He added that an audit performed also at Moorfields Eye Hospital by Hari Jayaram and Debbie Kamal showed that performing trabeculectomy procedures with lower target IOPs of around 10.0 mmHg appeared to stabilise the optic neuropathy and visual field status of patients with normal tension glaucoma whose condition was previously progressing despite wellcontrolled IOP. He noted furthermore, that accurate assessment of the comparative value of MIGS techniques must await longer term follow-up than has yet been reported. “All of the implants in the past have one problem they all failed for one reason – the body reacts to what you’ve done and tries to close it off. Whether it’s an iStent, or a Hydrus or a Cypass, they’re all susceptible in the long-term to being blocked off by scarring. There have been other suprachoroidal shunts, they all are susceptible to scarring and I’m pretty sure even the Schlemm’s canal ones are going to get some scarring,” he said.

Clive Peckar FRCOphth UK told EuroTimes he does not agree with Peng Khaw’s assessment regarding the long-term efficacy of stents in Schlemm’s canal. He pointed out that studies using gonioscopic imaging of early prototype intracanalicular devices show that they continue to maintain the patency of Schlemm’s canal for over 10 years, due to the intrinsic fibrinolytic activity within Schlemm’s canal. (See Figure 5, Gonioscopic view of 3mm polyimide trans-ostal stents,10 years after surgery, IOP: 40-15 mmHg). He pointed out that the ab externo approach, used in canaloplasty, permitted the atraumatic dilatation of Schlemm’s Canal and it’s collector channels to be performed prior to the insertion of intracanalicular stents, such as the Stegmann Canal Expanders (Ophthalmos). However, the ab interno approaches, such as the Hydrus and the iStent, are more prone to be blocked by fibroses, induced by canal endothelial trauma, following insertion into the undilated 25 micron deep “slit” that is Schlemm’s canal. As with all Schlemm’s canal surgeries they are limited by episcleral venous pressure, in their IOP-lowering capability. He also pointed out that over the 16 years he has been performing Schlemm’s Canal Surgery, the only consistent and reproducible way of dilating the canal and collector channels atraumatically, was to use the ab externo approach, and that there is some evidence to suggest that, without dilatation, ab interno devices might only function optimally when positioned opposite large collector channel ostia. Dr Peckar noted that clinical studies with the Stegmann Canal Expanders™ began in 2010. They have an additional advantage, over the tension suture canaloplasty technique, in that they do not depend on Schlemm’s canal being catheterised throughout its complete circumference. He added that there is now some evidence of a further lowering of IOP around two years after surgery, related to increased permeability of the Trabecular Meshwork, due to the presence of the Expanders.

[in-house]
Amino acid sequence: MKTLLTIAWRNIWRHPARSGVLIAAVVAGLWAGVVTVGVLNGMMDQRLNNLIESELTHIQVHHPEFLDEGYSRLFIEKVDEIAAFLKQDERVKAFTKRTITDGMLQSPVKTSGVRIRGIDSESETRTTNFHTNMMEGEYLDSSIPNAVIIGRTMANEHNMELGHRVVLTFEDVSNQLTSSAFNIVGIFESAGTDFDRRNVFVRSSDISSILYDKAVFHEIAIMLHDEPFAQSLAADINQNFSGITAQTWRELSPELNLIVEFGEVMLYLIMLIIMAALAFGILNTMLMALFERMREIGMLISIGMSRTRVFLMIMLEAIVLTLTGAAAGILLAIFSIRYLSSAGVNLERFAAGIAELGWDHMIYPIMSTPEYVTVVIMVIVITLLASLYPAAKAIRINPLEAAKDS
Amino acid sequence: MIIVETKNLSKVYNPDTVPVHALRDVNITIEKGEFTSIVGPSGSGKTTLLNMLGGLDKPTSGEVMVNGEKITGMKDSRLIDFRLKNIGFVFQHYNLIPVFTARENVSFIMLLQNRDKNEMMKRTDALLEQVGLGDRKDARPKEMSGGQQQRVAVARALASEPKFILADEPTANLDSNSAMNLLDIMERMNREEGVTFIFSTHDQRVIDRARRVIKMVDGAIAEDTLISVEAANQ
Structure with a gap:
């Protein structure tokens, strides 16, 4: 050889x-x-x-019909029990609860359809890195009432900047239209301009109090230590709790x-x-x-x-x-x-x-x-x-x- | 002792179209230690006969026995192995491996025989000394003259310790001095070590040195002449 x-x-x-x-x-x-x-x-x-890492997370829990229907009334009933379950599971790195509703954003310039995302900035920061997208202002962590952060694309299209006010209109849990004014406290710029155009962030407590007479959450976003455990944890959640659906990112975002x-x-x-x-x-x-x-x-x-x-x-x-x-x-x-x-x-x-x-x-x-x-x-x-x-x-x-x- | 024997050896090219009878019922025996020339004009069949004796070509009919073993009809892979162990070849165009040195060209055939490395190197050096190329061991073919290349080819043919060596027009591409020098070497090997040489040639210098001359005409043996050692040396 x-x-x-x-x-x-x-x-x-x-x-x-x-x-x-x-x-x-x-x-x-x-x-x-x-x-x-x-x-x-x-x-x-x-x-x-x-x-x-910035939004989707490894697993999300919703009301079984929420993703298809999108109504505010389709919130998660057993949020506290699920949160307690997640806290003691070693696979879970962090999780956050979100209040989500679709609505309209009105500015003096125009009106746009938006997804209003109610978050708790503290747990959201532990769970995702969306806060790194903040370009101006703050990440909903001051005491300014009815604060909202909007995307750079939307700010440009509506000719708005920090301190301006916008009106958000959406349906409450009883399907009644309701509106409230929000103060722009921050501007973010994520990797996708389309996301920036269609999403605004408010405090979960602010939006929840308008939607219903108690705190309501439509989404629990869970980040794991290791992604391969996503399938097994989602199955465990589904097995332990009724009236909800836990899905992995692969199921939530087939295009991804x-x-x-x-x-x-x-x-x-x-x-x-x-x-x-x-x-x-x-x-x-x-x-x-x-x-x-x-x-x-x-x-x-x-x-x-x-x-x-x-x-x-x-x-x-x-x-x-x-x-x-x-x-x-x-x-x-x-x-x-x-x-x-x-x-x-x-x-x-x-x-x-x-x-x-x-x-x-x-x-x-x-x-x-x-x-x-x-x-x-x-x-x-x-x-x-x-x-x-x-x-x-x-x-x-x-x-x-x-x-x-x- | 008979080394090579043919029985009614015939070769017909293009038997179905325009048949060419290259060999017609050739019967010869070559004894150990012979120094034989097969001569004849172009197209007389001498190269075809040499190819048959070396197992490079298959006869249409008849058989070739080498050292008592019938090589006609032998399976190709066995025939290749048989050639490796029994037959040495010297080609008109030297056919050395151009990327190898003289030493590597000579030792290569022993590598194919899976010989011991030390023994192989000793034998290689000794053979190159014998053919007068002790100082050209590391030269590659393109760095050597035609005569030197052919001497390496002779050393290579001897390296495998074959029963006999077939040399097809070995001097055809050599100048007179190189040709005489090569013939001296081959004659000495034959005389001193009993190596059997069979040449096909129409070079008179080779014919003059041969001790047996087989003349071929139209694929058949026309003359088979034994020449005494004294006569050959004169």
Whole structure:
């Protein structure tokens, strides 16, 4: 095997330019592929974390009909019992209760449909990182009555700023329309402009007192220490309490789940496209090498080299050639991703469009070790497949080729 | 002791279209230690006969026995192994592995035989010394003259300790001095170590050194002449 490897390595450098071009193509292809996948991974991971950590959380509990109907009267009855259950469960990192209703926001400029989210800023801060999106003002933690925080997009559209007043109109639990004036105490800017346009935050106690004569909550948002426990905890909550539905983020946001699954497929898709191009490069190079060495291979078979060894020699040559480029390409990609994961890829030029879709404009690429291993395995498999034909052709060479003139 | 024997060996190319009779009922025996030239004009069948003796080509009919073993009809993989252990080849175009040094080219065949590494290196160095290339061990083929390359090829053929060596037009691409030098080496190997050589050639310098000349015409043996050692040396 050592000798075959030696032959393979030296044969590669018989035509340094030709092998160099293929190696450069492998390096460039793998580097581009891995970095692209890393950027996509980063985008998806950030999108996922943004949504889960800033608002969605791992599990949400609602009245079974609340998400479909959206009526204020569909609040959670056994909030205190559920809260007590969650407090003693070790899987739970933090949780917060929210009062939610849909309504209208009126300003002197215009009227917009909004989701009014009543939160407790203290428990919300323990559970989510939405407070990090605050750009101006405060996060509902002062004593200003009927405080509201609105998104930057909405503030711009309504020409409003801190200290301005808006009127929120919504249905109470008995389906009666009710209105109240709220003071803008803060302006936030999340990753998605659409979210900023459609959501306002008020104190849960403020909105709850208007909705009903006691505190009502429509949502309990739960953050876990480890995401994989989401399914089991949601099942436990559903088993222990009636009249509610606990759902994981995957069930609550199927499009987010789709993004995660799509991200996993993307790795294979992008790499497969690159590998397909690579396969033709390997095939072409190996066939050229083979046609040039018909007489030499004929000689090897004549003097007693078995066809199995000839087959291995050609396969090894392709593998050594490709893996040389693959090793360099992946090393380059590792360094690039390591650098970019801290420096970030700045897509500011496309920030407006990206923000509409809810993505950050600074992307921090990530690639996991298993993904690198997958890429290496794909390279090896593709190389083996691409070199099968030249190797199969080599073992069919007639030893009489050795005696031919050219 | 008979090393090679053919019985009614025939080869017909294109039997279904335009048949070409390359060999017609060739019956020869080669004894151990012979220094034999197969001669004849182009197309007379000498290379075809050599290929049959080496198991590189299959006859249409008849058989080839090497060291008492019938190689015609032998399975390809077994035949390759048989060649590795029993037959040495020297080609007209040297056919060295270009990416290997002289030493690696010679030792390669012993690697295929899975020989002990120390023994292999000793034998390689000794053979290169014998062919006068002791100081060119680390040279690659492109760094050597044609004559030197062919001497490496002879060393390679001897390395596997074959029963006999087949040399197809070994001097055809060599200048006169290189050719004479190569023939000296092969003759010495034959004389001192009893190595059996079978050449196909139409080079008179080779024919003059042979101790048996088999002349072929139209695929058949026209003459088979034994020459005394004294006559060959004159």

Glaucoma treatment at a crossroads

Regarding the future of glaucoma treatment, Dr Ahmed noted that, developing in tandem with MIGS techniques, there have been a range of new technologies for delivering glaucoma medication to the eye in ways that may reduce irritation and may also be less reliant on a patient’s willingness to adhere to their prescribed regimens. That could in turn delay progression and the need for surgery. “There is some really interesting and exciting work being done with drug delivery and sustained release systems including ocular surface sustained-release inserts, punctal plugs, subconjunctival injections anterior chamber drug pellets and intravitreal injections, all with different long-lasting medications. By delivering the medication to the site of action they reduce the need for compliance and adherence and reduce side effects.”

In contrast, Dr Tetz told EuroTimes he foresaw an era when IOP-lowering medical therapy would be increasingly replaced by largely atraumatic surgical techniques. He pointed out that medical therapy can be quite invasive in the way it damages tissue during long-term use. Moreover, selective laser trabeculoplasty is not as selective as its name would suggest, since it causes micro-scarring to Schlemm’s canal and therefore reduces the efficacy of subsequent Schlemm’s canal surgery. “The safer and more controlled surgery becomes, the more I see it as taking over parts of the drop market. Medication will still have a role but it will be more and more directed towards neuroprotection,” Dr Tetz said. Dr Khaw said that he thought that what glaucoma surgeons should strive for is a 10-miniute technique that will reduce IOP to 10 mmHg for at least 10 years. “If we meet that challenge it could save millions of people around the world from going blind so that’s our challenge for the next decade,” Dr Khaw asserted.

Ike Ahmed – ikeahmed@mac.com

Manfred Tetz – stefanie.koenig@atk-spreebogen.dk

Peng T Khaw – p.khaw@ucl.ac.uk

Clive Peckar – clivepeckar@premiereyeclinic.co.uk